India’s history of religious tensions is embedded within the country’s colonial history, spurred by disagreements between opposing groups as to the direction of India’s future in1947. India’s constitution, over seven decades old, recognizes social equality and egalitarianism but is not clear about the separation of church and state, which has allowed Hindu nationalists to surge to power. The Indian Congress’ turn to Hindu majoritarianism in the 1970s and 80s catalyzed the development of extreme political groups like the BJP. The BJP’s predecessor, the paramilitary group Rashtriya Swayamsevak Sangh (RSS), thrived during this time period, eventually allowing for the takeover of the BJP. When Modi secured his second term as Prime Minister in 2019,  his ascension was driven by anti-Muslim rhetoric. Not only humiliated and degraded under Modi’s government, the policy-based discrimination faced by Indian Muslims in their own country is widespread and severe. Many Muslims lack access to employment, education, housing and healthcare. In January 2024, Modi and his BJP authorities were accused of inciting the demolition of Muslim homes and carrying out a campaign of targeted destruction against Muslim-owned properties. Recent political moves from the BJP indicate a desire to negate the citizenship of India’s Muslims. In March 2024, New Delhi announced plans to enact one such discriminatory policy, a 2019 law named the Citizenship Amendment Act (CAA). Upon its initial reveal in 2019, country-wide protests led to deaths of dozens of revolters. CAA fast-tracks Indian citizenship for non-Muslim religious minorities that had entered India after escaping persecution in Afghanistan, Bangladesh or Pakistan before December 2014. The law has been condemned by the United Nations High Commissioner for Human Rights on the basis of its purposeful Muslim exclusion; the Commissioner was quoted as proclaiming the law ‘fundamentally discriminatory.’ CAA has also been publicly denounced by the international community for its violation of India’s commitment to social egalitarianism. In 2019, the Modi government revoked the special constitutional status of Indian-administered Jammu and Kashmir, a long-disputed predominantly Muslim area of India’s northern Himalayan region. The move depleted the region of its autonomy and cast millions of Kashmiris into chaos. BJP authorities have also carried out a campaign of suppression against Kashmiris, using great military force to silence any dissidence. The BJP is quick to label Kashmiri disputants as radical terrorists employed by Pakistan, castigating non-Hindus as enemies of the state conspiring to bring down the BJP. As such, Kashmir has become one of the most militarized areas of the world.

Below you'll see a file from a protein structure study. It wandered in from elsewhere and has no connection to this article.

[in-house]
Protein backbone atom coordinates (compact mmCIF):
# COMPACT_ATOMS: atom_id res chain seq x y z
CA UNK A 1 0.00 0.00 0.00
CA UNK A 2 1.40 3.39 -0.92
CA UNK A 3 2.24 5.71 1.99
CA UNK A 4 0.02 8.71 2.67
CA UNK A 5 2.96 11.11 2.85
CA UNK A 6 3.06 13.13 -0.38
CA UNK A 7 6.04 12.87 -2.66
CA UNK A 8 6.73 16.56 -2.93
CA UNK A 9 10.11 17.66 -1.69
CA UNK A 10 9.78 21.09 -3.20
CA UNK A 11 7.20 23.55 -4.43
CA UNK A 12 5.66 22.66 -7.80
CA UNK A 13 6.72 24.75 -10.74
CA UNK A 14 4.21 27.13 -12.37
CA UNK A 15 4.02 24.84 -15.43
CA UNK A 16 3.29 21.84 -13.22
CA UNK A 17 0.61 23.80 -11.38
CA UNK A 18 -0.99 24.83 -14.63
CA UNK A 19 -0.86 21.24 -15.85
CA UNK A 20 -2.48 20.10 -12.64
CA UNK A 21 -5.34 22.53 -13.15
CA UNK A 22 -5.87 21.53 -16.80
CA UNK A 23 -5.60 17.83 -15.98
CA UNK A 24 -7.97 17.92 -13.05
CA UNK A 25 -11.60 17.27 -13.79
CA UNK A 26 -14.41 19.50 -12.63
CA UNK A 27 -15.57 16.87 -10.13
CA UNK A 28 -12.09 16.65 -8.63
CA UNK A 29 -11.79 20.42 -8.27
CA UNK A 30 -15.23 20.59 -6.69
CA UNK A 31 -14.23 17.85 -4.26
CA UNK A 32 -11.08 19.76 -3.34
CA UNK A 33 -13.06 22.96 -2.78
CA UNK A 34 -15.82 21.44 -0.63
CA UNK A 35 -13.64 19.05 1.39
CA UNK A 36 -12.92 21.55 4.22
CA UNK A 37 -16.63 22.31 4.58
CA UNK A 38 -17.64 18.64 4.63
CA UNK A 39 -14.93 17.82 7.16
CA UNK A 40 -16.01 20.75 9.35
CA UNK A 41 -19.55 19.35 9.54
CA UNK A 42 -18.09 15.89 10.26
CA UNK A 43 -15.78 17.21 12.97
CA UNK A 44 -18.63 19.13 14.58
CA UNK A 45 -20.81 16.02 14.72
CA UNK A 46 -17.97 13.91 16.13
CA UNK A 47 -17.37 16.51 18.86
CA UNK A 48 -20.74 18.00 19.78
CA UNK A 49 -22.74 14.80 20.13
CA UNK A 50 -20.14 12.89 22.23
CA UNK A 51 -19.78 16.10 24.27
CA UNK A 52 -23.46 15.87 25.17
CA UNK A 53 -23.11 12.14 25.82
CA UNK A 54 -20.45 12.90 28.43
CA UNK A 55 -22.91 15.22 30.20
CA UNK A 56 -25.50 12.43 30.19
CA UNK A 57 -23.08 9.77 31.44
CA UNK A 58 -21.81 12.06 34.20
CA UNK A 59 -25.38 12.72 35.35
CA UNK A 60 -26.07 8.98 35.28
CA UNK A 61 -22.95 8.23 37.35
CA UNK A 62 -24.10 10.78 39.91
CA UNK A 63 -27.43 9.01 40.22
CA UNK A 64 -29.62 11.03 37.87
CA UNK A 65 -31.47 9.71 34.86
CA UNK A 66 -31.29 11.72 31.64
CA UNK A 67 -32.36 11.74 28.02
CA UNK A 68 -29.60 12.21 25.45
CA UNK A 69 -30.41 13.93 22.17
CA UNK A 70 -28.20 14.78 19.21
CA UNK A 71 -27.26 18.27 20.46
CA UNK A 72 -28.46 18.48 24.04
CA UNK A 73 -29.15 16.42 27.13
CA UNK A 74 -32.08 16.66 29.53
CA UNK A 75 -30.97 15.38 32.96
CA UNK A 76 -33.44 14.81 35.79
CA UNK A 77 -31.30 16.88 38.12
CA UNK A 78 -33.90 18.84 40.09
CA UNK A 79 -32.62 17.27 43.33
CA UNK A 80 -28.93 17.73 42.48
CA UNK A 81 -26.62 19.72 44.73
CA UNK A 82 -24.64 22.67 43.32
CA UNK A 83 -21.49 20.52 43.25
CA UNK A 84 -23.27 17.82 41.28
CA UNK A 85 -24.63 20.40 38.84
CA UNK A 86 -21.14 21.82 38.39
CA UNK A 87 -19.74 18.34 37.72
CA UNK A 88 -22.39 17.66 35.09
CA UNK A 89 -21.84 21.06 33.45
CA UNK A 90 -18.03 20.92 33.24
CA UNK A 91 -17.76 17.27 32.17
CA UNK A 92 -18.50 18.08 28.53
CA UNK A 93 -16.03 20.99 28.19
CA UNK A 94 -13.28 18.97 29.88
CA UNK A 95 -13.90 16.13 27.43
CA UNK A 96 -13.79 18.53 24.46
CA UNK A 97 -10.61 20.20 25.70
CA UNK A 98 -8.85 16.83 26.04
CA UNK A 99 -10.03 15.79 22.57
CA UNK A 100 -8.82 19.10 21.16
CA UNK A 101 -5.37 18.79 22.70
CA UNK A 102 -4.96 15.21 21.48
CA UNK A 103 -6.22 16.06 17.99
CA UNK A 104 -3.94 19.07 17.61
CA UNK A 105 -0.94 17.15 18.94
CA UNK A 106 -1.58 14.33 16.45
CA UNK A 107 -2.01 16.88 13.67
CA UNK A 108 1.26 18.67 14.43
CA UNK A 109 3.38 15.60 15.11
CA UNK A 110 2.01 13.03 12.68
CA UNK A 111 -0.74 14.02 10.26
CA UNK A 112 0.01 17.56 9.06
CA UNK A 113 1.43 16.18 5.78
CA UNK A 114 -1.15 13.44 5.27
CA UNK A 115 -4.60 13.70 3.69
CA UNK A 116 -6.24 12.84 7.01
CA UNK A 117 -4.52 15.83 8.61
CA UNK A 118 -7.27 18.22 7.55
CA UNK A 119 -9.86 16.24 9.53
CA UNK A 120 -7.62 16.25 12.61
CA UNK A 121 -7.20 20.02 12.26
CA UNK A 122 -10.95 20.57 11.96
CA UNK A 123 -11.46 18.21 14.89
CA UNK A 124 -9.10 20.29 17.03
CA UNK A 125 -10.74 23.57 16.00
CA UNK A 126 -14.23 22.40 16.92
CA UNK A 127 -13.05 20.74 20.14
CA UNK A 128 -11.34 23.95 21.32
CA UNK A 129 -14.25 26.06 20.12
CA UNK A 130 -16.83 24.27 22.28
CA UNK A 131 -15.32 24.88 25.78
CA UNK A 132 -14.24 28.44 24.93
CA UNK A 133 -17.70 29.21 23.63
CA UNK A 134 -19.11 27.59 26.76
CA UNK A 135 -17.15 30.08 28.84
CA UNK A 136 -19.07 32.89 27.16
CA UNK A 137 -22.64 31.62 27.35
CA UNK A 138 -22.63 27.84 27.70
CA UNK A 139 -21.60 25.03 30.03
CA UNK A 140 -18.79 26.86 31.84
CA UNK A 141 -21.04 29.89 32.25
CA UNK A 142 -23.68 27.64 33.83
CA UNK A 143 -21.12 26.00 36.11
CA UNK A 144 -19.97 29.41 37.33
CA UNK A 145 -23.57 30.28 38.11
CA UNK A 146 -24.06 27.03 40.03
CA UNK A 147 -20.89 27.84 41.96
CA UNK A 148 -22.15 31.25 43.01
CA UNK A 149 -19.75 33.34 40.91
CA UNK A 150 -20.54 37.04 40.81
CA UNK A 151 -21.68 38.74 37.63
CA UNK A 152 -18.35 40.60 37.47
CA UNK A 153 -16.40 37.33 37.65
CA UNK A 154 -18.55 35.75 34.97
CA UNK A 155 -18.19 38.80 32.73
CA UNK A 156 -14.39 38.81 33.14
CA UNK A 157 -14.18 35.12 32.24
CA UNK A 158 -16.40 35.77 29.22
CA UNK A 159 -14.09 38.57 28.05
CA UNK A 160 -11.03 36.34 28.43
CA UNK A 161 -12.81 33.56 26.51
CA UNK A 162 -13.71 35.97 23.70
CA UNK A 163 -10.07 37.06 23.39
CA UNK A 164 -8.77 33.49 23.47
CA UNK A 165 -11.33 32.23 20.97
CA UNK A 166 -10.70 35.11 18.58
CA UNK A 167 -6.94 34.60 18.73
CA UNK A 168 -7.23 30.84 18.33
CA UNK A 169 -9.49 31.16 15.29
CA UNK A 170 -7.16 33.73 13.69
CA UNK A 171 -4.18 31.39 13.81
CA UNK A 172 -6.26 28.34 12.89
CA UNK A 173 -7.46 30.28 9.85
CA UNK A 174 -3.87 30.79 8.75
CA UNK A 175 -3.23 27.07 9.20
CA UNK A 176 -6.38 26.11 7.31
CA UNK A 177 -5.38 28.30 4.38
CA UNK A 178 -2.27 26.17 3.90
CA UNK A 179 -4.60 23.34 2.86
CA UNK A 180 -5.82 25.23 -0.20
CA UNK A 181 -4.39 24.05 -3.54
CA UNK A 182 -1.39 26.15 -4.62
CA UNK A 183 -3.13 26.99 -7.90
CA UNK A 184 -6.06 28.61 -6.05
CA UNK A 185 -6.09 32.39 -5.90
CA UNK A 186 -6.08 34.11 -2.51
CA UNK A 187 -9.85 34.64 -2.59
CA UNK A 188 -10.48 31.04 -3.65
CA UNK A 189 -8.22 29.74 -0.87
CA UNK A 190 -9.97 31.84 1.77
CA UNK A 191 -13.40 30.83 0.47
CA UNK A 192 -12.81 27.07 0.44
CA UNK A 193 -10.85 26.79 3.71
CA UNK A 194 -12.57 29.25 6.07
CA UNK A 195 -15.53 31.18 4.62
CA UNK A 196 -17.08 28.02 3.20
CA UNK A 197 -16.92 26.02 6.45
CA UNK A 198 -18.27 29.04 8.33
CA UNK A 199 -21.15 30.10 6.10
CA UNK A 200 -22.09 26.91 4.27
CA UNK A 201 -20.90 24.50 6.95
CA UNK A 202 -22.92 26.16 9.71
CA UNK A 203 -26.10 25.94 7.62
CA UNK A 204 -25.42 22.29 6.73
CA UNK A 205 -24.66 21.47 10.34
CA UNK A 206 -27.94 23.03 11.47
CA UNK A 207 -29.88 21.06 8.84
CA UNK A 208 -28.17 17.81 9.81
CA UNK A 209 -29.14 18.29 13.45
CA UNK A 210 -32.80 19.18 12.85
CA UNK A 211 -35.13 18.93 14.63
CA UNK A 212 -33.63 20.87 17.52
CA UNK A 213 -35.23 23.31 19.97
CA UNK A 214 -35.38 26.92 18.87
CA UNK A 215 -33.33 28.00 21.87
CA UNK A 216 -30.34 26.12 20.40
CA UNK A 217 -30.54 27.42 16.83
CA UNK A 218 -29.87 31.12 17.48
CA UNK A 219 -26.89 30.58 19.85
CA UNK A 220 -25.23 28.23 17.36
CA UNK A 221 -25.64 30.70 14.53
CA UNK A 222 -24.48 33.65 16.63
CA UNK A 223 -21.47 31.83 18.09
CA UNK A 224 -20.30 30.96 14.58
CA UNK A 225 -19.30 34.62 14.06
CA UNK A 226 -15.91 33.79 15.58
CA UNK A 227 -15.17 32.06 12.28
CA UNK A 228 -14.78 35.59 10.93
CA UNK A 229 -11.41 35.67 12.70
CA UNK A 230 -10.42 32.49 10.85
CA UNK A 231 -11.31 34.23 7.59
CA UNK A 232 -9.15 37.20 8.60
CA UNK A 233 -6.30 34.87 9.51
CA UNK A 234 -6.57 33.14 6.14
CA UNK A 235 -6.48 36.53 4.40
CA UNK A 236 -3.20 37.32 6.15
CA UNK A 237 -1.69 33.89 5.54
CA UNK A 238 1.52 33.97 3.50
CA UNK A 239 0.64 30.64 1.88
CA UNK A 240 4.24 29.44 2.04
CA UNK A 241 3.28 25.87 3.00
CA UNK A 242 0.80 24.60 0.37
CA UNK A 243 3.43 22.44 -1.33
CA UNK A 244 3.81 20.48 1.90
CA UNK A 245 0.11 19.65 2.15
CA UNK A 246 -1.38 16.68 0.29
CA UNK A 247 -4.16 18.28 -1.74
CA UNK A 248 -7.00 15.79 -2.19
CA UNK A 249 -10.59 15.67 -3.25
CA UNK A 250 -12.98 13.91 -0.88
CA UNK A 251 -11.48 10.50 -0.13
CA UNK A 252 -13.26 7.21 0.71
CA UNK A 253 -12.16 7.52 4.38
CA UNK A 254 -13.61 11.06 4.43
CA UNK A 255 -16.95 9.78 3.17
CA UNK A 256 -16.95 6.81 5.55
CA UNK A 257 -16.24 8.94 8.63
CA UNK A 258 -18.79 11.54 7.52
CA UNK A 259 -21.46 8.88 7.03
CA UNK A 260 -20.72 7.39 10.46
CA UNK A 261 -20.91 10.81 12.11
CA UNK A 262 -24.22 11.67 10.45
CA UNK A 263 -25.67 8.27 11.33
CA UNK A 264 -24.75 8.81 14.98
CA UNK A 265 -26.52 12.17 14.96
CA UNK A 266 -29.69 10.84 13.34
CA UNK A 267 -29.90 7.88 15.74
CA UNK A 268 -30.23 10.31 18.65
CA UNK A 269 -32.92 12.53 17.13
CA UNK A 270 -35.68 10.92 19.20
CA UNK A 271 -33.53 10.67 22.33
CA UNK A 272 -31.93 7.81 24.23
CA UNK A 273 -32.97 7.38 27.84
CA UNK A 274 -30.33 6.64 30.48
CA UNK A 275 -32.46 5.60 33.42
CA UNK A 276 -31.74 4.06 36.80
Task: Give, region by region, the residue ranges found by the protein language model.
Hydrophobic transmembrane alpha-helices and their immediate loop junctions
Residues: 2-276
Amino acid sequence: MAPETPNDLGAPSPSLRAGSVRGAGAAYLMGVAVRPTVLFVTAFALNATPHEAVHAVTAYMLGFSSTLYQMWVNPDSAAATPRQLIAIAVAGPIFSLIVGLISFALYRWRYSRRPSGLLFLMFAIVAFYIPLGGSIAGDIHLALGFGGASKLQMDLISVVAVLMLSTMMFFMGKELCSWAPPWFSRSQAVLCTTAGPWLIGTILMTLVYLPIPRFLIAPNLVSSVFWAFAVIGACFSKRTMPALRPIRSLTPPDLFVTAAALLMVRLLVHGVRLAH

This bleak moment in India’s history epitomizes Modi’s governance as a religious authoritarian, framing minority groups as an enemy of the state to corral political power. Modi’s government has strayed far from a rules-based order and even further from New Delhi’s commitment to an unwaveringly egalitarian society. The BJP’s repugnance of India’s minorities only inflames long standing religious tensions in Kashmir and India’s northern regions, meaning New Delhi’s polarized society will be strained for the foreseeable future, likely to spillover into further violence. Modi’s legitimization of xenophobia is a pointed majoritarian effort to eradicate Muslims from Indian society for a populist electoral victory; such recalcitrant behavior demands that the international community rebuke the BJP for its crackdown on minority rights and purposeful isolation of social groups from the status quo. Modi’s wanton Muslim marginalization is deliberate, thrusting India into a period of profound fragmentation.

Joshua Bowes is a Research Associate with The Millennium Project’s South Asia Foresight Network (SAFN) in Washington, D.C. The views and opinions expressed in this article are those of the author.